Melanoma patients with brain metastasis have seen significant improvements in their survival rates since immune checkpoint inhibitors like Yervoy (ipilimumab) came into treatment use, a study based on “real-life” data covering more than 2,500 patients found.
Patients whose metastasis were restricted to the brain benefitted the most, the researchers found, living a median of 4.7 years — four years longer than those who were not treated with immune checkpoint blockers.
“Our findings build on the revolutionary success of checkpoint blockade immunotherapy clinical trials for advanced melanoma and demonstrate that their substantial survival benefits also extend to melanoma patients with brain metastases,” J. Bryan Iorgulescu, MD, postdoctoral fellow at Brigham and Women’s Hospital, Boston, and the study’s first author, said in a press release.
The study, “Improved Risk-Adjusted Survival for Melanoma Brain Metastases in the Era of Checkpoint Blockade Immunotherapies: Results from a National Cohort,” was published in Cancer Immunology Research.
Projections point to about 1 in every 54 people developing melanoma in their lifetime. While most are diagnosed early and cured with surgery, the picture is not so bright for patients with advanced disease — often marked by brain metastasis. People diagnosed with advanced melanoma who have limited responses to conventional chemotherapies typically survive less than one year.
Two medicines were approved in 2011 for melanoma patients whose disease had spread to distant organs: the immune checkpoint inhibitor Yervoy, and the BRAF inhibitor Zelboraf (vemurafenib).
Yervoy binds to the CTLA-4 surface molecule and works to boost the immune system’s activity. Zelboraf targets the BRAF protein, which is unusually activated in most melanomas and supports cancer cell growth and division.
Other checkpoint inhibitors — Opdivo (nivolumab) and Keytruda (pembrolizumab) — and targeted therapies — Tafinlar (dabrafenib), Mekinist (trametinib), and Cotellic (cobimetinib) — were approved in subsequent years.
These approvals came to revolutionize advanced melanoma treatment, eliminating the need for damaging chemotherapies as first-line therapy.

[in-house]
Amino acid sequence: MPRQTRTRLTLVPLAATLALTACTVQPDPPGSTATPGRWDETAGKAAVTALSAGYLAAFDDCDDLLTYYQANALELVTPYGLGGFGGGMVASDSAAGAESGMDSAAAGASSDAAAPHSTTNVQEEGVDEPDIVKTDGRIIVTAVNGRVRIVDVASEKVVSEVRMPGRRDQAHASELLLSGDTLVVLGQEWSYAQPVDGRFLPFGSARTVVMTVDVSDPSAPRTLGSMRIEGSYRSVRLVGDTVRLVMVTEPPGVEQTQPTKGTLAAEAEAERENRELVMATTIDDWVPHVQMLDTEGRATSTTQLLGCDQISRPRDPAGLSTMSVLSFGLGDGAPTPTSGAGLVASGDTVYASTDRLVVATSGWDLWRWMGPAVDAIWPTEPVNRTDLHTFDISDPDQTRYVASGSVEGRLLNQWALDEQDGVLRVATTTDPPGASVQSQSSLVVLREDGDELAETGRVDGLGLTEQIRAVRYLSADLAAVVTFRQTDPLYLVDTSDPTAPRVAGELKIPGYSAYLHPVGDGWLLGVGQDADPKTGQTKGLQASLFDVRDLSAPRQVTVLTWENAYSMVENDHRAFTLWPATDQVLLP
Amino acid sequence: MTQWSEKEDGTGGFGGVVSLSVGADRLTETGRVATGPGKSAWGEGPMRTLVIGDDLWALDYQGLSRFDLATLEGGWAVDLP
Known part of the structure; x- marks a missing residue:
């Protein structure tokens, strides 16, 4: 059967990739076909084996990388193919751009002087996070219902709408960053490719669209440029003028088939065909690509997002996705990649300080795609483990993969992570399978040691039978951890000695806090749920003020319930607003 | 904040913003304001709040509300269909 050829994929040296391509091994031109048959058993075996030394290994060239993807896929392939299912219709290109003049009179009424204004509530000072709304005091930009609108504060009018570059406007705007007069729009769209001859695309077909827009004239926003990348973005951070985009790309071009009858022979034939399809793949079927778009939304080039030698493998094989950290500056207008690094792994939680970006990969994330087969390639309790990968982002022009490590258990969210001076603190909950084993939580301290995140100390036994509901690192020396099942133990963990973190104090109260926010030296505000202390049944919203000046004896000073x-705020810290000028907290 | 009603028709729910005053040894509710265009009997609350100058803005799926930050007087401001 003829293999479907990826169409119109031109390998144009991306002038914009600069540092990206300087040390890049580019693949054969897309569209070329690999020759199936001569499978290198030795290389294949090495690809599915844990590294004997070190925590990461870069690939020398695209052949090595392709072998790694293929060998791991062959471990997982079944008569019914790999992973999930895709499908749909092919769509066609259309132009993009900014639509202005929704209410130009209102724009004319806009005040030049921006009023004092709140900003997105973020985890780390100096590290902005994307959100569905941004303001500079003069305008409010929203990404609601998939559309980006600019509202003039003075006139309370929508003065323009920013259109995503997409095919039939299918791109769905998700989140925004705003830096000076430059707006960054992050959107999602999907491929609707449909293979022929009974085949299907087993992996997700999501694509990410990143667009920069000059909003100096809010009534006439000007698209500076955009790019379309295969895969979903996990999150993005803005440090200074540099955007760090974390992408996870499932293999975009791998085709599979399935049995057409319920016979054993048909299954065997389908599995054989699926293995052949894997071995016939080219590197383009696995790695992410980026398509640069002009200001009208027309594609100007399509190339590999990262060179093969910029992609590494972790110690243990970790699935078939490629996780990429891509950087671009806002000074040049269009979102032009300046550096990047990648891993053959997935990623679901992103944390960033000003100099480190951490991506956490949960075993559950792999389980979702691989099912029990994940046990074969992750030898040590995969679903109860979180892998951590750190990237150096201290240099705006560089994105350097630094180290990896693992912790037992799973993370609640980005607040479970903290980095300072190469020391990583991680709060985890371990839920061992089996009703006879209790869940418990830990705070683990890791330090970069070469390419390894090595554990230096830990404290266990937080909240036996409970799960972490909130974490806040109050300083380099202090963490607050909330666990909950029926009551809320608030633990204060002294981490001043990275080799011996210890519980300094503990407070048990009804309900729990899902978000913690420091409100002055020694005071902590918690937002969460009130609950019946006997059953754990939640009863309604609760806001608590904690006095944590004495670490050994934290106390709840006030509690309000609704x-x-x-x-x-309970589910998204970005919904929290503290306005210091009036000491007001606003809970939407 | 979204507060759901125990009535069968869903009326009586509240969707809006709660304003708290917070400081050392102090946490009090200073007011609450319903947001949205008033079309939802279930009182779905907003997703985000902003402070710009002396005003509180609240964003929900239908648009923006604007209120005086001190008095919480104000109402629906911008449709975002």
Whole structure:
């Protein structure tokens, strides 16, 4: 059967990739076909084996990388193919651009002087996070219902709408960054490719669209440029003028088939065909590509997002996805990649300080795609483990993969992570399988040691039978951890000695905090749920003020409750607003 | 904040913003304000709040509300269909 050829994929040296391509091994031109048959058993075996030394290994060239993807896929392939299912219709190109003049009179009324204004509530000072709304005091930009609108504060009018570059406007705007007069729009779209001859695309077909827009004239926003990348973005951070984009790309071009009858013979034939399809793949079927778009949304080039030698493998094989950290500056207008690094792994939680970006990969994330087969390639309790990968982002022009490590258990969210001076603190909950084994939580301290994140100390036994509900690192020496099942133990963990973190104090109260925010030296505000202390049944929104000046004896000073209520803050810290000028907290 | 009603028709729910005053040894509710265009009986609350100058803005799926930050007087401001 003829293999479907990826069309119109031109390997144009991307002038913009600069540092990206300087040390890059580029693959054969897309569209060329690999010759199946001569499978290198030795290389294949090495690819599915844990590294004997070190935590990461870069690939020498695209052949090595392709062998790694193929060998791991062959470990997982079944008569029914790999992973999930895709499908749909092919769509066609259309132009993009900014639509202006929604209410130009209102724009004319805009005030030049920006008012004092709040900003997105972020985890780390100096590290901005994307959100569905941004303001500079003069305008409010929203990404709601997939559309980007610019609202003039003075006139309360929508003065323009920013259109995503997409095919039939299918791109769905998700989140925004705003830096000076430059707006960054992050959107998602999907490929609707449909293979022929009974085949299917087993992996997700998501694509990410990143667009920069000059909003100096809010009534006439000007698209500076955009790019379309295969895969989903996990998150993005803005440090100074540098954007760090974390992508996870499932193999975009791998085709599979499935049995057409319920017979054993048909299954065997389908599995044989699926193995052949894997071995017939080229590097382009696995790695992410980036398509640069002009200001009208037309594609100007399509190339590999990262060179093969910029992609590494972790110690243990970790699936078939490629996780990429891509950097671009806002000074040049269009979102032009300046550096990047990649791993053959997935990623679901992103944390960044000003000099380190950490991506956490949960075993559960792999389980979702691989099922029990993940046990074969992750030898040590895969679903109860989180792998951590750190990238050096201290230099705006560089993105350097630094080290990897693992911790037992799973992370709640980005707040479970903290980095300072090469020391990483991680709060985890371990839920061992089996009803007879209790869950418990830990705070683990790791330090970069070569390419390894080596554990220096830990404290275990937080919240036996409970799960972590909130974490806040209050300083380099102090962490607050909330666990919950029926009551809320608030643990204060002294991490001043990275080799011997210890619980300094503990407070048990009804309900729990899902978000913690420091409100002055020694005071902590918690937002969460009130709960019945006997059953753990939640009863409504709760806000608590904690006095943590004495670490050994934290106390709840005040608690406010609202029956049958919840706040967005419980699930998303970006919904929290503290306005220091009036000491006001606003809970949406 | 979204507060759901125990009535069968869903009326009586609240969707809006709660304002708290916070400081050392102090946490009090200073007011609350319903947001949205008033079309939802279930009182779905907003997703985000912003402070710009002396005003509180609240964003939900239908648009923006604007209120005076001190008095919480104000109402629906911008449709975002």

But while clinical trials have shown promise in metastatic patients, those with brain metastasis have been disproportionately excluded because of concerns as to an investigational therapy’s ability to cross the brain-blood barrier. The result is that efficacy outcomes in these patients are not established.
Researchers at Brigham and Women’s evaluated data from metastatic melanoma patients using the National Cancer Database, a database that comprises 70 percent of all newly diagnosed cancers in the U.S.
They compared the survival rates for patients diagnosed before and after 2011. Among those with later diagnosis, researchers also evaluated the differences in survival between patients given immune checkpoint inhibitors and those who were not.
“Through the use of nationwide cancer data, for the first time we can evaluate the impacts on survival that these exciting new therapies have for patients with melanoma brain metastases,” said Timothy Smith, MD, PhD, the study’s lead author. Smith is director of the Computational Neuroscience Outcomes Center affiliated with Brigham and Women’s Hospital and Harvard Medical School.
Among the 7,689 patients diagnosed with metastatic melanoma between 2010 and 2015, 2,753 — or 35.8 percent — had metastases in the brain.
These patients lived for a median of 5.1 months if diagnosed before 2011, a median that increased to 6.2 months after 2011. Survival rate at four years also increased from 7.4 percent prior to the approval to 14.1 percent between 2011 and 2015.
Patients being treated with immune checkpoint inhibitors also increased, from 10.5 percent in 2011 to 34 percent in 2015.
In the post-approval era, patients taking immune checkpoint inhibitors survived significantly longer – 12.4 months versus 5.2 months in those receiving other therapies. And while only 11 percent of patients receiving targeted therapies reached the four-year mark, 28 percent of those receiving the immunotherapies did.
Benefits were even better for melanoma patients whose metastasis was restricted to the brain. These people lived four years longer if they took immune checkpoint inhibitors, compared to patients who did not.
More than half of these patients survived for four years or longer, a mark reached by only 16.9 percent of patients using other treatment approaches.
Insurance coverage could determine treatment, the study also found. Patients with private insurance or on Medicare were significantly more likely to receive treatment with checkpoint blockade immunotherapies than those who were uninsured.
“The results of our analyses indicate that immune checkpoint inhibitors can achieve a meaningful therapeutic benefit for metastatic melanoma, including spread to the central nervous system,” said David Reardon, MD, professor of medicine at Harvard Medical School and study author.
“At the same time, not all patients benefit, indicating that much research is still required to optimize the potential of anti-tumor immune responses for CNS metastatic disease,” Reardon added.